Chicano Batman: "Pan-Latin" in the broadest sense
A few weeks back, Chicano Batman held a “warm-up” show at Soul in the Park, a weekly party at the Cypress Park bar Footsie’s. There’s no formal stage there so the trio of Bardo Martinez, Eduardo Arenas and Gabriel Villa took over a cramped corner with some true DIY-zeal: They rigged up an ironing board as a keyboard stand. Despite it being a Wednesday night, the La Mirada group pulled in a crowd of local fans (and curious rubberneckers) and despite a wonky sound system, managed to transfix the bar with a short set drawn from their recent eponymous debut.
A name like “Chicano Batman” doesn’t lend itself to easy guesses as to what their sound is like. Los Lobos covering Danny Elfman? Thee Midnighters as fronted by Adam West? What you get is no easier to pin down -- a mesh of Brazilian bossa nova and samba with spacey psychedelia with slow jam soul with surf rock cumbia. It’s “pan-Latin” in the broadest sense, like some bizarre love child between Milton Nascimento, Anibal Velasquez, Los Diablos Rojos, Rita Lee and half a dozen other singers and bands from the 1960s/70s.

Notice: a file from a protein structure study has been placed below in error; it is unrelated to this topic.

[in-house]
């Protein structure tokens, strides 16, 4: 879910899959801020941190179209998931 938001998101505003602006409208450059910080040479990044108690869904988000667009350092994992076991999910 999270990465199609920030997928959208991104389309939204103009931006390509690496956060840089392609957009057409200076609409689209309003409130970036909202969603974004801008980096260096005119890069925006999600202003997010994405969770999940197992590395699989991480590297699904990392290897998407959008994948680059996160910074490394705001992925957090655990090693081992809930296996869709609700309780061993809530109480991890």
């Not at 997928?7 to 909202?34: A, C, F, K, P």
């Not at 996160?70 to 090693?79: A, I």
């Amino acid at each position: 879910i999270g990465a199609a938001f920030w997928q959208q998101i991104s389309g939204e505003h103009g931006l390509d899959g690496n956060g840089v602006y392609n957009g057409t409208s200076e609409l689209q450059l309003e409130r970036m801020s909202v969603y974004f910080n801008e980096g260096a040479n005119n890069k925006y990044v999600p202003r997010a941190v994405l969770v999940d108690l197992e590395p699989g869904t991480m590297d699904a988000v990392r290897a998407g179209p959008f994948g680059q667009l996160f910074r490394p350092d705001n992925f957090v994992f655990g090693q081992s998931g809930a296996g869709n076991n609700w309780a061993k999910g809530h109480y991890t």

The one shining constant is that whatever style Chicano Batman plays in, they nail the essence of summer music: warm bass lines with a tidal undertow; languid, drifting guitar chords; and, most of all, a sensation of laid-back cool evident in everything from their easy tempos to the soft ache of their vocals.
Chicano Batman’s official release party comes Saturday at the Paramount in East L.A., with DJs Lengua, Franko and Fresko helping to open. It seems only apropos that they do this all on Memorial Day weekend. What better way to kick off the summer than with a band that understands and captures the sound of the season as beautifully as Chicano Batman does?
-- Oliver Wang